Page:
// Use block-diagonal preconditioner

    The linear systems involving the fluid block are solved (approximately) by oomph-lib's Least-Squares-Commutator Navier-Stokes preconditioner NavierStokesLSCPreconditioner, discussed in another tutorial. The behaviour of this (sub-)preconditioner may be customised too. For instance, to employ the Hypre AMG solver to solve the linear systems involving the pressure Schur complement matrix $ {\bf P} $ in the NavierStokesLSCPreconditioner, we use the procedure discussed earlier:

    #ifdef OOMPH_HAS_HYPRE
    //If we are using MPI, then only use HYPRE if it has been initialised
    #ifdef OOMPH_HAS_MPI
    // By default, the LSC Preconditioner uses SuperLU as
    // an exact preconditioner (i.e. a solver) for the
    // momentum and Schur complement blocks.
    // Can overwrite this by passing pointers to
    // other preconditioners that perform the (approximate)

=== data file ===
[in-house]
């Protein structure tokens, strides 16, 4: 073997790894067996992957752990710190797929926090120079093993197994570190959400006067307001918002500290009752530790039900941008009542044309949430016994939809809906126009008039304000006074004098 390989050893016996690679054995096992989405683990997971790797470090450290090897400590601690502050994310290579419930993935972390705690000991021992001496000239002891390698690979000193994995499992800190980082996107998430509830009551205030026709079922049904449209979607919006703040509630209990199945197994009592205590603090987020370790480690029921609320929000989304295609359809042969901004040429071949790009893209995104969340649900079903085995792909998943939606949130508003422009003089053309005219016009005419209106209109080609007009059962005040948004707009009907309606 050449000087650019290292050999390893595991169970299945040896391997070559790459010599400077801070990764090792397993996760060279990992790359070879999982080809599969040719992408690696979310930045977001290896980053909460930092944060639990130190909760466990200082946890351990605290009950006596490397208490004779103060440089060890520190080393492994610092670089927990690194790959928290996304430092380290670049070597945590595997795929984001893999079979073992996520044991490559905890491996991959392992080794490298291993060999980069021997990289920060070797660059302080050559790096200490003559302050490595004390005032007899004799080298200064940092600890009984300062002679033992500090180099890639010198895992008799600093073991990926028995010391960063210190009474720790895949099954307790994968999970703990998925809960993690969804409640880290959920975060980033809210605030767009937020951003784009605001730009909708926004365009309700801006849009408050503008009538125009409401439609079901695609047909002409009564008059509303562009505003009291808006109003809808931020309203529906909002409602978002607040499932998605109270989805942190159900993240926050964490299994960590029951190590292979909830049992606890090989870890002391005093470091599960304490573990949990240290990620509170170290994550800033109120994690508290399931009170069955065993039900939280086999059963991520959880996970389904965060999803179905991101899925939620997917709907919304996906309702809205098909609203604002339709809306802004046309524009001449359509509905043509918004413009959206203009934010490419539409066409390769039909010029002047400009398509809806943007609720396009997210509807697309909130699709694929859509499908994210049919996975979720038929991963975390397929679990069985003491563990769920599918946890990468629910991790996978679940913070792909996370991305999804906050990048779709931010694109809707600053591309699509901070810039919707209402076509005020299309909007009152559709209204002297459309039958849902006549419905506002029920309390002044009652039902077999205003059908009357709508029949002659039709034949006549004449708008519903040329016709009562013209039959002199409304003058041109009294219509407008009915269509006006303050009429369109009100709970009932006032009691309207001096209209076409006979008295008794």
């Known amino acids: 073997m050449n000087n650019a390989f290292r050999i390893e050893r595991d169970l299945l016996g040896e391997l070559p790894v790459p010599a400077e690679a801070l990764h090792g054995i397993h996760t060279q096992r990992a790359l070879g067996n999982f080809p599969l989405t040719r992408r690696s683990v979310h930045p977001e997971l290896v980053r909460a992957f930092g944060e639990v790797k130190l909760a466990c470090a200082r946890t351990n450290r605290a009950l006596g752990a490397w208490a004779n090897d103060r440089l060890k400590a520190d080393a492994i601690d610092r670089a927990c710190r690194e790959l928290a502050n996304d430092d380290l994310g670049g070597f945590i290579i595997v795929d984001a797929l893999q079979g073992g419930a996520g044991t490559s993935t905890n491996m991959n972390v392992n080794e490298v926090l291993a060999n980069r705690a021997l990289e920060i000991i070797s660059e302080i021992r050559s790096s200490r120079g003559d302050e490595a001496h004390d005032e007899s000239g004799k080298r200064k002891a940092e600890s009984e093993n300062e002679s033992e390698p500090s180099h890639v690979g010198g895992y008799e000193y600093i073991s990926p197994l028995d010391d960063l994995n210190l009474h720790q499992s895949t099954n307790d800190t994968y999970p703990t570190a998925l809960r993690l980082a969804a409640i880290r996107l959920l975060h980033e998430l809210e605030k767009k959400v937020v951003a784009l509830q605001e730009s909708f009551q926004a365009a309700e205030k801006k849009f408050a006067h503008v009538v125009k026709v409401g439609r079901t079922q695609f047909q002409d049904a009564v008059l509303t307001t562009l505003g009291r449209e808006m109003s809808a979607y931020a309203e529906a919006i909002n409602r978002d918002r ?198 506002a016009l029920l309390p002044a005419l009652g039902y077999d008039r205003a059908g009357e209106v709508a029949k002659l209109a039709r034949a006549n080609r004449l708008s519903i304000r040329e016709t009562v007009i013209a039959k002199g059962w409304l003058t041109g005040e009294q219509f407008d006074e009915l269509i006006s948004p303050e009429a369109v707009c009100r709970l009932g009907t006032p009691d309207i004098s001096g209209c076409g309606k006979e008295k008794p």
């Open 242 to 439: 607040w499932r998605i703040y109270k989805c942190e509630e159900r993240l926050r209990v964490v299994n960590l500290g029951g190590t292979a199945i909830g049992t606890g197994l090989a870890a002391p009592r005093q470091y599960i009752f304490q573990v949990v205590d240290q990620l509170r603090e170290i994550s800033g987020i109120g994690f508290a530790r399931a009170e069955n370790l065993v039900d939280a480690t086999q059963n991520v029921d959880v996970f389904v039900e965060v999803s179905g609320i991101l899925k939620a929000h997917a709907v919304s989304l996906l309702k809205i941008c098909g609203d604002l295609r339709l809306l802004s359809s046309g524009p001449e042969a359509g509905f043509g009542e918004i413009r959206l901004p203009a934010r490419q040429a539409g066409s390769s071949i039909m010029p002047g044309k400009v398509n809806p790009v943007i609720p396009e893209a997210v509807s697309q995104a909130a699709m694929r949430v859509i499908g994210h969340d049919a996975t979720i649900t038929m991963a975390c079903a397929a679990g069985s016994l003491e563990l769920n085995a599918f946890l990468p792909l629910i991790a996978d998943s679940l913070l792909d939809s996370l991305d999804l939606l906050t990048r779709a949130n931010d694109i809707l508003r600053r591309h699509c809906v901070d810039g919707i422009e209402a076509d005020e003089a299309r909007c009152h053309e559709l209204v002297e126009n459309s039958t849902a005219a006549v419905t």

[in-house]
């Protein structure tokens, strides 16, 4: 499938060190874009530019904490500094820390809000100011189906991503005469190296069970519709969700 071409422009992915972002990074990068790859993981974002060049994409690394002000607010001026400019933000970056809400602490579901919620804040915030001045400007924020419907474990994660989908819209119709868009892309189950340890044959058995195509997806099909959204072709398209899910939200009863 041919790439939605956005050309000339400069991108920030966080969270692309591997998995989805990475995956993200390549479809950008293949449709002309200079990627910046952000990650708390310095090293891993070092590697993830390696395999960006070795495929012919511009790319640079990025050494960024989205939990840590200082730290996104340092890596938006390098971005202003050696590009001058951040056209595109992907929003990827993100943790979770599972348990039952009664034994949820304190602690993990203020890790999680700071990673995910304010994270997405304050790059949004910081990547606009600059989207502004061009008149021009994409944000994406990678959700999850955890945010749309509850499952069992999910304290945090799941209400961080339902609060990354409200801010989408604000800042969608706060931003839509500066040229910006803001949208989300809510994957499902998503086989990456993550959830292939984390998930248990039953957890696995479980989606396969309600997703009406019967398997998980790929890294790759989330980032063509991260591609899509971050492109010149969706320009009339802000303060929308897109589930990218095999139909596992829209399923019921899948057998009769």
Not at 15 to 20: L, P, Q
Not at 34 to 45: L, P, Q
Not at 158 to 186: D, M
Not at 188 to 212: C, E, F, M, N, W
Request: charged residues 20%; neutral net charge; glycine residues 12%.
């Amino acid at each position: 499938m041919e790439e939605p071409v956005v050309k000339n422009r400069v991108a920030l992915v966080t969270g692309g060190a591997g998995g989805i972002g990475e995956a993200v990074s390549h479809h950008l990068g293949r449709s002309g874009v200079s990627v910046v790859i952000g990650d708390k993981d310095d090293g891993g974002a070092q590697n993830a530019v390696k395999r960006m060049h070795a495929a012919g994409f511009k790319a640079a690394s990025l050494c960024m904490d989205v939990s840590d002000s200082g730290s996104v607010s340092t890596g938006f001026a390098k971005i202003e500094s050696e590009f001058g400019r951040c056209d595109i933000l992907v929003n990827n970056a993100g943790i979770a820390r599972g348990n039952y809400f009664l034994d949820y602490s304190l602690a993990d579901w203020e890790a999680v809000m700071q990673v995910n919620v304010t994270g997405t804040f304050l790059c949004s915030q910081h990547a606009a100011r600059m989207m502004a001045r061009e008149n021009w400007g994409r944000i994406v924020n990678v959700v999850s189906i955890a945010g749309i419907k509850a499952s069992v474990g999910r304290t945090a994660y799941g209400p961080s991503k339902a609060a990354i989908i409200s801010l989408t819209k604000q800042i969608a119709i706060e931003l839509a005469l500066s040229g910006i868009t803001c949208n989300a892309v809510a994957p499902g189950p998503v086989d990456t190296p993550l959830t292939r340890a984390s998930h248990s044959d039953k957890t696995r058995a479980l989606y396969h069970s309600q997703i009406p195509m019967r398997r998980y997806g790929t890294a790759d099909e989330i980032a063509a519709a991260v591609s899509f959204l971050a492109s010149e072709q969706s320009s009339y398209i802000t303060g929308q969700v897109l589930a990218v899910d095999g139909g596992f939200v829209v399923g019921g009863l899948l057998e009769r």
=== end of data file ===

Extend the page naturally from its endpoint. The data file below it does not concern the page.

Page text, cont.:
// solves of these blocks.
    // Create internal preconditioners used on Schur block
    HyprePreconditioner* P_matrix_preconditioner_pt =
    new HyprePreconditioner;
    // Set defaults parameters for use as preconditioner on Poisson-type
    // problem
    // Use Hypre for the Schur complement block
    // Shut up
    #endif // endif for we have hypre...

Further comments and exercises

  1. The convergence tolerance for the iterative linear solver

    Since the iterative linear solver operates within an "outer" (Newton) iteration it has occasionally been suggested to adjust the convergence tolerance for the iterative linear solver, depending on the progress of the "outer" (Newton) iteration: The idea is that there is little point in "over-solving" the linear system (i.e. solving it to very high precision) if the Newton method is still "far" from converged. (Only) during the final stages of the Newton iteration is an accurate solution of linear systems essential, otherwise the Newton iteration stagnates. This idea can be made rigorous (see, e.g., R.S. Dembo, S.C. Eisenstat and T. Steilhaug "Inexact Newton methods" SIAM J. Numer. Anal. 19 (1982), 400-408).